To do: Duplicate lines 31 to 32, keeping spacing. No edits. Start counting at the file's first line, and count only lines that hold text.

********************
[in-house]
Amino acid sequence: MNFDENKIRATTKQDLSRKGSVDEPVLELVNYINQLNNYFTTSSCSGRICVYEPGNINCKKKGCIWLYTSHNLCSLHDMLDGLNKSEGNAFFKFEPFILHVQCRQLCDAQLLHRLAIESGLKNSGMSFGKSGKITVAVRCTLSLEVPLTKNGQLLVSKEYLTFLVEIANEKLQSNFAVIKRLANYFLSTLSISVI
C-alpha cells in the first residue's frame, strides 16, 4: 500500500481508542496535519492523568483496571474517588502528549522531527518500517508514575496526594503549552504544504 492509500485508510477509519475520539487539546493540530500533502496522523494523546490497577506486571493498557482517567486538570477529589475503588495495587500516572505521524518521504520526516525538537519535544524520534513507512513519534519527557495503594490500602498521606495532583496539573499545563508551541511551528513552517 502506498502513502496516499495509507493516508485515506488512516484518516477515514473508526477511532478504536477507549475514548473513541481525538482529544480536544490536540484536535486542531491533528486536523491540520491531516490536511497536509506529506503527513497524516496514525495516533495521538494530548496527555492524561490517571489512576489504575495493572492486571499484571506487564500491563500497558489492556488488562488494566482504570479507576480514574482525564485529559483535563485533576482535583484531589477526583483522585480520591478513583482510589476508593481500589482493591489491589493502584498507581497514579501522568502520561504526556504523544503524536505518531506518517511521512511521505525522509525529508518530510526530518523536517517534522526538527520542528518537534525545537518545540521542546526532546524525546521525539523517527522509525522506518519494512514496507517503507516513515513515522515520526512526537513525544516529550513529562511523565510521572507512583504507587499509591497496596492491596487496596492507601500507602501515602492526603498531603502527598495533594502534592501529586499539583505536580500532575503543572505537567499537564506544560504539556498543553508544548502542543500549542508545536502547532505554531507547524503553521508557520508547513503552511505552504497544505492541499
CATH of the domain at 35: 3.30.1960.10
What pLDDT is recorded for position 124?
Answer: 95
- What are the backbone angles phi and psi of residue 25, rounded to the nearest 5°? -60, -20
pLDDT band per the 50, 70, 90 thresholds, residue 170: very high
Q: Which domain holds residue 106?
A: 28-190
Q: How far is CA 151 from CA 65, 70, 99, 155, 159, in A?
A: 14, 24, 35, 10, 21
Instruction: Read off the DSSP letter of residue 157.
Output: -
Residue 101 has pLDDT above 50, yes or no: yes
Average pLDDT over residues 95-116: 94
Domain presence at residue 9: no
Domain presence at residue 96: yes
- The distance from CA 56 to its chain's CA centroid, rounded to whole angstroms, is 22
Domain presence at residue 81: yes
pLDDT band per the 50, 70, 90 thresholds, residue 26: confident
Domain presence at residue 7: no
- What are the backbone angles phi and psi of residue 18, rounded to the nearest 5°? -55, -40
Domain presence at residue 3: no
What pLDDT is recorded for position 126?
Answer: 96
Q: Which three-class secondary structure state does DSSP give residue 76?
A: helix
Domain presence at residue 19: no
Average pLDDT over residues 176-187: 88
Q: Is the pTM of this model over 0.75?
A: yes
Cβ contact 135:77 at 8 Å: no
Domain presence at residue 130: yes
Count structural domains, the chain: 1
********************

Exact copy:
Q: Is the pTM of this model over 0.75?
A: yes